[ Problem set handout] [Java-based game viewer]

(click to expand)


Fall 2006: LambdaCraft

The game was “LambdaCraft”, inspired by the popular real-time strategy game WarCraft. Game pieces were wizards, archers, and knights, with the object of the game to capture the enemy wizard. The wizard could freeze archers and knights, or destroy arrows in flight. All pieces were robots programmed in CL. The board also had mountains and lambda-mines. Picking up lambda-mines (aka lambda-lifting) allowed teams to spawn new archers or knights. The team of Manuel Vargas Escalante and Nicholas Gallo won the competition. [Problem set handout]

(click to expand)


Fall 2005: ML-Man

The game was ML-Man, based on the arcade game Pac-Man. The game had five characters: the MLman and four ghosts, Zardoz (red), Eager (blue), Greedy (pink), and Curried (orange). The goal of MLman was to acquire points by consuming dots and enery pills, or by capturing ghosts. The goal of the ghosts was to intercept and capture MLman. When MLman collected enough points, the game moved to the next level and a new board was loaded. If MLman was captured by a ghost, the game was restarted at the same level. The winning team was Robert Albright and Tyler Steele. [ Problem set handout]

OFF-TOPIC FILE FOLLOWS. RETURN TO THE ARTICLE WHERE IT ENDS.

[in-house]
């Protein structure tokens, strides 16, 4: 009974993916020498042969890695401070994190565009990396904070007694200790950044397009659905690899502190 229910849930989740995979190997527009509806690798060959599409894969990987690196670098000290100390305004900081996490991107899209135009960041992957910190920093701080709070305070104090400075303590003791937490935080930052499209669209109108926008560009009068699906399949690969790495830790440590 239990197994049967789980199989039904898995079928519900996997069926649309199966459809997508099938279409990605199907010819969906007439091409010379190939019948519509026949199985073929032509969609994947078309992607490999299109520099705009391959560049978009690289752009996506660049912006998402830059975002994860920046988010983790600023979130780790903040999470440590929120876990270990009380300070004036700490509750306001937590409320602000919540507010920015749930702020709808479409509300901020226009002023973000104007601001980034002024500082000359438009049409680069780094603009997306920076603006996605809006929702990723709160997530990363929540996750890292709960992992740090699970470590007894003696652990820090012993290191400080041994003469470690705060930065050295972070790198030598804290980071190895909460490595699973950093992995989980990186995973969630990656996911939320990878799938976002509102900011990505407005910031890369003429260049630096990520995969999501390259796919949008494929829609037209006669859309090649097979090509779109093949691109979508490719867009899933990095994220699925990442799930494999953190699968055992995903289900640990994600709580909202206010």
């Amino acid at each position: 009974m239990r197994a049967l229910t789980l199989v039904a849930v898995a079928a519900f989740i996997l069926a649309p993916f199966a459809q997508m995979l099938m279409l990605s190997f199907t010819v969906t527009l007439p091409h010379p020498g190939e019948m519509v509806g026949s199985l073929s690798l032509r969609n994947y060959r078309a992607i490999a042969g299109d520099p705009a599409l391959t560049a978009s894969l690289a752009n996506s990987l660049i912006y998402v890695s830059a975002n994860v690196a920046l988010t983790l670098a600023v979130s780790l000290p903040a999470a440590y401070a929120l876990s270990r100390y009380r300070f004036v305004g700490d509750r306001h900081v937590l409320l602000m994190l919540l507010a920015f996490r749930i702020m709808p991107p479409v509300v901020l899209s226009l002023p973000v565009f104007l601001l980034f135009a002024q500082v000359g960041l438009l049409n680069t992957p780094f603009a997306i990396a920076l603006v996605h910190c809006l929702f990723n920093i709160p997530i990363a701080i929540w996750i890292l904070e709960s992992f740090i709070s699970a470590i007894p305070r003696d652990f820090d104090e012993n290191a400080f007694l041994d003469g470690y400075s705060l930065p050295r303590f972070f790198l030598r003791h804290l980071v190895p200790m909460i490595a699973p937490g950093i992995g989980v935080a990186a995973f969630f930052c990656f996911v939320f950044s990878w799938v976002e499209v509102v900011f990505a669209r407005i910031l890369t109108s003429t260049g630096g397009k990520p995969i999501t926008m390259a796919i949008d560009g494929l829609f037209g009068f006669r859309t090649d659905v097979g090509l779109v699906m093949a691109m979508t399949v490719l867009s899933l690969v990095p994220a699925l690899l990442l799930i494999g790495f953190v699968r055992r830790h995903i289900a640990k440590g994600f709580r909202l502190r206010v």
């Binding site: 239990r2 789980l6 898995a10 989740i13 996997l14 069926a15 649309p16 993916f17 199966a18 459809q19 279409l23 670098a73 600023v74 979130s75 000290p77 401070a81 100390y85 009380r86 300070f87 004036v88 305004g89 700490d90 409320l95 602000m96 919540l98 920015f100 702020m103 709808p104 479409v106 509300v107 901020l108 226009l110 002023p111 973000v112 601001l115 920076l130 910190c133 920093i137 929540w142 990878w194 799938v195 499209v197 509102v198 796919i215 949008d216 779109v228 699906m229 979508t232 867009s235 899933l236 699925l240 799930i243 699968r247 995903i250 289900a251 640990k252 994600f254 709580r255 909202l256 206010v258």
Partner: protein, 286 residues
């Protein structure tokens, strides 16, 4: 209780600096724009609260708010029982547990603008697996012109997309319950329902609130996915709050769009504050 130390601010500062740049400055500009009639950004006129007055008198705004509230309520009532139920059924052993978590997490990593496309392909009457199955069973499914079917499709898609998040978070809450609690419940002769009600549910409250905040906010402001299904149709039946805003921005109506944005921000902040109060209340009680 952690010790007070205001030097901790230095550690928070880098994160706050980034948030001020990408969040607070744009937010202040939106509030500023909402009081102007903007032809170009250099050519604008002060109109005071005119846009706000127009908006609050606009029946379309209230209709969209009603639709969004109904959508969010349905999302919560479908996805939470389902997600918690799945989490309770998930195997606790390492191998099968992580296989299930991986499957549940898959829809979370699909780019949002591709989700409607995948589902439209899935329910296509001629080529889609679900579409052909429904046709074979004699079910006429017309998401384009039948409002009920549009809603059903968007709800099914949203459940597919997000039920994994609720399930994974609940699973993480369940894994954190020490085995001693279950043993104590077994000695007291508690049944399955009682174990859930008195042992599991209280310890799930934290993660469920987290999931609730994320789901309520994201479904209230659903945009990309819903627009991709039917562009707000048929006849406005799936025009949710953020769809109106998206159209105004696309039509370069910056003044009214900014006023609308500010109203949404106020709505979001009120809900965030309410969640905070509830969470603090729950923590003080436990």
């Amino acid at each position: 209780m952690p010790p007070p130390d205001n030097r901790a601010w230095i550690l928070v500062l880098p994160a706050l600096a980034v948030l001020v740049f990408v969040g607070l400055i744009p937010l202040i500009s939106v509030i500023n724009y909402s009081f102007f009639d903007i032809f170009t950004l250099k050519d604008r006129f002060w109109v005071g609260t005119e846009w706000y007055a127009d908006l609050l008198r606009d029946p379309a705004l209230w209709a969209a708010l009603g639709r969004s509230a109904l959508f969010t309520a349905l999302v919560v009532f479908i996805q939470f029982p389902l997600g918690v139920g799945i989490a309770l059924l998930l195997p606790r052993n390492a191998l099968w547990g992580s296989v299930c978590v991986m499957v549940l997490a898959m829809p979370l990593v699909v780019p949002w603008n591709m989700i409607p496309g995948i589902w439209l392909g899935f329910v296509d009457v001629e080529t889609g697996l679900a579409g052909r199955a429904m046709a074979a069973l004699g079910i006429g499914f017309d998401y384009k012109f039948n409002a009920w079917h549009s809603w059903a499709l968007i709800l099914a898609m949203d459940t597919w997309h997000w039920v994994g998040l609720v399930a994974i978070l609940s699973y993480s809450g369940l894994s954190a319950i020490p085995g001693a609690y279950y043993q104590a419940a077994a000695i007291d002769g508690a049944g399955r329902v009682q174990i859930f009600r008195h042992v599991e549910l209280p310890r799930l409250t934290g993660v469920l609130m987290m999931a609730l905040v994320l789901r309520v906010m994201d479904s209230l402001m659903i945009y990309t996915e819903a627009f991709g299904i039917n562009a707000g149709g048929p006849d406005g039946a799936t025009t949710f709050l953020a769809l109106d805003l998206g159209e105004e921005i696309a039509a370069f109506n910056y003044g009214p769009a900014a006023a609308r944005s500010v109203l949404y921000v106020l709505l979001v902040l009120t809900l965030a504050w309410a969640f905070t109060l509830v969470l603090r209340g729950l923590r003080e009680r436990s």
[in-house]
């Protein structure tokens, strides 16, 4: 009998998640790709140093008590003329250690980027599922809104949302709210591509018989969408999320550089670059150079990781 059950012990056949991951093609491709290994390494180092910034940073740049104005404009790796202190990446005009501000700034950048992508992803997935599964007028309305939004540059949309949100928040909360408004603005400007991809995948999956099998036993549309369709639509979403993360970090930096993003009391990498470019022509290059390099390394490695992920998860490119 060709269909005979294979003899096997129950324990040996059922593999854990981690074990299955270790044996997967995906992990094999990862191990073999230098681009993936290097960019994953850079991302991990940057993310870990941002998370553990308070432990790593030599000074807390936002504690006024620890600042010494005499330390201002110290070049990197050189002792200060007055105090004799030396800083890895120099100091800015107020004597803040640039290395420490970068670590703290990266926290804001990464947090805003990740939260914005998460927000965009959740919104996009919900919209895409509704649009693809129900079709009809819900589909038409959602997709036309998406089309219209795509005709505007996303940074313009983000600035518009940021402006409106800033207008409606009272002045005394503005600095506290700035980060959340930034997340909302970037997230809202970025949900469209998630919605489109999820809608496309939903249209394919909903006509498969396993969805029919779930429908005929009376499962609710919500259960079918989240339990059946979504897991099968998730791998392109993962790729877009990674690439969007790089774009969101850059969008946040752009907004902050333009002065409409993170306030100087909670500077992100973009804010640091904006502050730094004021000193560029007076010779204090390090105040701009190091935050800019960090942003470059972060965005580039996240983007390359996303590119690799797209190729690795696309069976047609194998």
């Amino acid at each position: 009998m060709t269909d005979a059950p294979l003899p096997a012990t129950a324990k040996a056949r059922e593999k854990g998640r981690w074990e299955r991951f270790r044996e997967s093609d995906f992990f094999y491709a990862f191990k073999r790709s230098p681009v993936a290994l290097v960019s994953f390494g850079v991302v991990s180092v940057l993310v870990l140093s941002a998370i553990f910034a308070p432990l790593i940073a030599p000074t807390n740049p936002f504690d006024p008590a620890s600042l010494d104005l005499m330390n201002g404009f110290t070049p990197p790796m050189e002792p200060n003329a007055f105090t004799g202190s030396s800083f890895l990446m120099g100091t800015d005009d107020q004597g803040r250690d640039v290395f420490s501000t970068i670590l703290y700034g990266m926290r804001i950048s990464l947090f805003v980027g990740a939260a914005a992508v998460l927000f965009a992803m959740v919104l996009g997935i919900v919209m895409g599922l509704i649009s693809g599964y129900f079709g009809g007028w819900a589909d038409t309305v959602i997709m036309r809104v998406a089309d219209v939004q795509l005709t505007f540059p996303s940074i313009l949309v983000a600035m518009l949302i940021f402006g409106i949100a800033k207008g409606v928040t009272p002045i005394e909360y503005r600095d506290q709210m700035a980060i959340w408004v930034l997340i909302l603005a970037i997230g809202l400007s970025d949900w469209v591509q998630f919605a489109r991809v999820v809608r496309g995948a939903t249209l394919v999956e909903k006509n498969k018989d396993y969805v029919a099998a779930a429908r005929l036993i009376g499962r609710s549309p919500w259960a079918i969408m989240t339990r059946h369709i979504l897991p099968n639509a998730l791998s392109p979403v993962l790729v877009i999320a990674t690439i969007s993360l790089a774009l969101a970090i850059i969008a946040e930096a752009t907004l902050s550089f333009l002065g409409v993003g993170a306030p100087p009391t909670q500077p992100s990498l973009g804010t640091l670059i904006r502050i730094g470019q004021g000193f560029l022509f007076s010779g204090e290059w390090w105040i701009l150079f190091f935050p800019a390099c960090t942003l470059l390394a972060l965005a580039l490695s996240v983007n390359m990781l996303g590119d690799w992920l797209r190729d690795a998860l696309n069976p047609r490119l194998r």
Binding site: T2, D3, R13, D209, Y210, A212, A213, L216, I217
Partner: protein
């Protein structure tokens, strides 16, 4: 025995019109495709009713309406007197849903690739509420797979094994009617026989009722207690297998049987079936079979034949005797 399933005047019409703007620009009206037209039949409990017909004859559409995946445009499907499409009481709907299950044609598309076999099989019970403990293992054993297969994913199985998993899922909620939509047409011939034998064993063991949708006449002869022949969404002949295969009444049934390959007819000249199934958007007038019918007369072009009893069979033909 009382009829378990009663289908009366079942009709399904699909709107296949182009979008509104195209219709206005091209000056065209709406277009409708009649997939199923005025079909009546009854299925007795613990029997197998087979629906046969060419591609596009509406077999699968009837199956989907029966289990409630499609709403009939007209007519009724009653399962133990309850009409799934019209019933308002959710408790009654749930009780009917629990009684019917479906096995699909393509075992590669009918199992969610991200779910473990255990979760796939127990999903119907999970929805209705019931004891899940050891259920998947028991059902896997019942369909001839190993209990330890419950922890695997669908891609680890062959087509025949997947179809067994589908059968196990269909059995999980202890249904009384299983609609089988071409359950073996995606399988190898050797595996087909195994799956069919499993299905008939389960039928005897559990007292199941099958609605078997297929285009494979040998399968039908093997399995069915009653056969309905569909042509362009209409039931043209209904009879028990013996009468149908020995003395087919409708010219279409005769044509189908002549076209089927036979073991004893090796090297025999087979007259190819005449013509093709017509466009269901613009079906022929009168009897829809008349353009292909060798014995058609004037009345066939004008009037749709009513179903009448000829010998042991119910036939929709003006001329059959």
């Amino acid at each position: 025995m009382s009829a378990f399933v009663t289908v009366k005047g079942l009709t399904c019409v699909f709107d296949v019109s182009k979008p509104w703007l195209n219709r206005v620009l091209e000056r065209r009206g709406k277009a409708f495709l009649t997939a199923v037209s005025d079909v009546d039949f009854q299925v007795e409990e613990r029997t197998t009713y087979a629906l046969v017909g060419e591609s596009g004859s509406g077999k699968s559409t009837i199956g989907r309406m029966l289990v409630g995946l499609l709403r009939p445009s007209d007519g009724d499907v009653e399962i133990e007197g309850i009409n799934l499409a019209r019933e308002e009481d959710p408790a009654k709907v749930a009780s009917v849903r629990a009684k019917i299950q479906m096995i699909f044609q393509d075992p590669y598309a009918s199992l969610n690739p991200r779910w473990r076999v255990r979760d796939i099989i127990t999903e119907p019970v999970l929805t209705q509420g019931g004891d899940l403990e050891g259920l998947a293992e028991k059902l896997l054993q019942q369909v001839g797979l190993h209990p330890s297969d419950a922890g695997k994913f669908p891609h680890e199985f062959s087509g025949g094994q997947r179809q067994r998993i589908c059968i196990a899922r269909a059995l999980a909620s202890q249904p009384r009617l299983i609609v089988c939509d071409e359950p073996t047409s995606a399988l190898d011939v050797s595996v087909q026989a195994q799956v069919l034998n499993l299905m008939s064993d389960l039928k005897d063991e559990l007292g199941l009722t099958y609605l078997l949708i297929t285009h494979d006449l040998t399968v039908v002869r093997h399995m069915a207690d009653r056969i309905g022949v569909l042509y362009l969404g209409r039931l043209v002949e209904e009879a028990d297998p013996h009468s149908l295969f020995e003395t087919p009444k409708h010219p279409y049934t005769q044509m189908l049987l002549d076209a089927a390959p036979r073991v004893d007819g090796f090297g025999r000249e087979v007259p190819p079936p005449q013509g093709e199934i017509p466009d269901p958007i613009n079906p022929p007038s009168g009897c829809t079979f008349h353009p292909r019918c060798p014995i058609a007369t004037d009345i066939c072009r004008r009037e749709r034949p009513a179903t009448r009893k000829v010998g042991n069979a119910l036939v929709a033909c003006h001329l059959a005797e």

Spring 2005: Multi-Ball

This semester the students implemented “Multi-Ball”, a modified version of the soccer game with players, goalkeepers, and two balls on the field. Players could capture, carry, and kick the ball. Capturing enough randomly appearing powerups allowed teams to add new players. The actions of each player and the movement of each ball were implemented in a concurrent functional programming language called CL. The previous assignment defined this language and students built an interpreter for it. The CL code controlling each player was fully executed on the interpreter. The team of Daniel Margo and Edward McTighe won the tournament.